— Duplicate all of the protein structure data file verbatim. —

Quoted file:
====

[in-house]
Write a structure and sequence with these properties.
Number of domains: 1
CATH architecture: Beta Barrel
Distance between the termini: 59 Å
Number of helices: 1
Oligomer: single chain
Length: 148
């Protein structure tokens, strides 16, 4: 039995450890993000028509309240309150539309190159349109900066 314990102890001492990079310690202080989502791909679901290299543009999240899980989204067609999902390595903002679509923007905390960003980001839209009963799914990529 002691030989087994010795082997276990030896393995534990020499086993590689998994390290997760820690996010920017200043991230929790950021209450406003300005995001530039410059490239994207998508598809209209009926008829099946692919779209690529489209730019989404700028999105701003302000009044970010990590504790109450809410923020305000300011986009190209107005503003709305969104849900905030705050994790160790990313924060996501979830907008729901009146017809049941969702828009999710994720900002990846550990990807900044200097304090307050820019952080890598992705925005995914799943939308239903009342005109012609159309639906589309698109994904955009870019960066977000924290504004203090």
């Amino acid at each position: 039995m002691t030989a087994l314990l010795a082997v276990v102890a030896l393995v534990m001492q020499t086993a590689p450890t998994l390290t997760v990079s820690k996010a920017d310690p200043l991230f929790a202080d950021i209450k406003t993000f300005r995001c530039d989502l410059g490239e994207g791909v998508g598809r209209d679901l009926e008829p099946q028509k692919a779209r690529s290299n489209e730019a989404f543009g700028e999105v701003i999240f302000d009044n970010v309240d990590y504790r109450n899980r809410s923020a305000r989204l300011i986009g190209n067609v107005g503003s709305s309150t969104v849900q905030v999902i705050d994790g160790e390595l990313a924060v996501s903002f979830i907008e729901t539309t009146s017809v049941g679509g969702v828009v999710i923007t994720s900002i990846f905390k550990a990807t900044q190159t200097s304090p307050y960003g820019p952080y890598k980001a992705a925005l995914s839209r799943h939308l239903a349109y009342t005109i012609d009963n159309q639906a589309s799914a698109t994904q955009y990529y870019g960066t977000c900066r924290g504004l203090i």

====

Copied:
[in-house]
Write a structure and sequence with these properties.
Number of domains: 1
CATH architecture: Beta Barrel
Distance between the termini: 59 Å
Number of helices: 1
Oligomer: single chain
Length: 148
């Protein structure tokens, strides 16, 4: 039995450890993000028509309240309150539309190159349109900066 314990102890001492990079310690202080989502791909679901290299543009999240899980989204067609999902390595903002679509923007905390960003980001839209009963799914990529 002691030989087994010795082997276990030896393995534990020499086993590689998994390290997760820690996010920017200043991230929790950021209450406003300005995001530039410059490239994207998508598809209209009926008829099946692919779209690529489209730019989404700028999105701003302000009044970010990590504790109450809410923020305000300011986009190209107005503003709305969104849900905030705050994790160790990313924060996501979830907008729901009146017809049941969702828009999710994720900002990846550990990807900044200097304090307050820019952080890598992705925005995914799943939308239903009342005109012609159309639906589309698109994904955009870019960066977000924290504004203090």
């Amino acid at each position: 039995m002691t030989a087994l314990l010795a082997v276990v102890a030896l393995v534990m001492q020499t086993a590689p450890t998994l390290t997760v990079s820690k996010a920017d310690p200043l991230f929790a202080d950021i209450k406003t993000f300005r995001c530039d989502l410059g490239e994207g791909v998508g598809r209209d679901l009926e008829p099946q028509k692919a779209r690529s290299n489209e730019a989404f543009g700028e999105v701003i999240f302000d009044n970010v309240d990590y504790r109450n899980r809410s923020a305000r989204l300011i986009g190209n067609v107005g503003s709305s309150t969104v849900q905030v999902i705050d994790g160790e390595l990313a924060v996501s903002f979830i907008e729901t539309t009146s017809v049941g679509g969702v828009v999710i923007t994720s900002i990846f905390k550990a990807t900044q190159t200097s304090p307050y960003g820019p952080y890598k980001a992705a925005l995914s839209r799943h939308l239903a349109y009342t005109i012609d009963n159309q639906a589309s799914a698109t994904q955009y990529y870019g960066t977000c900066r924290g504004l203090i």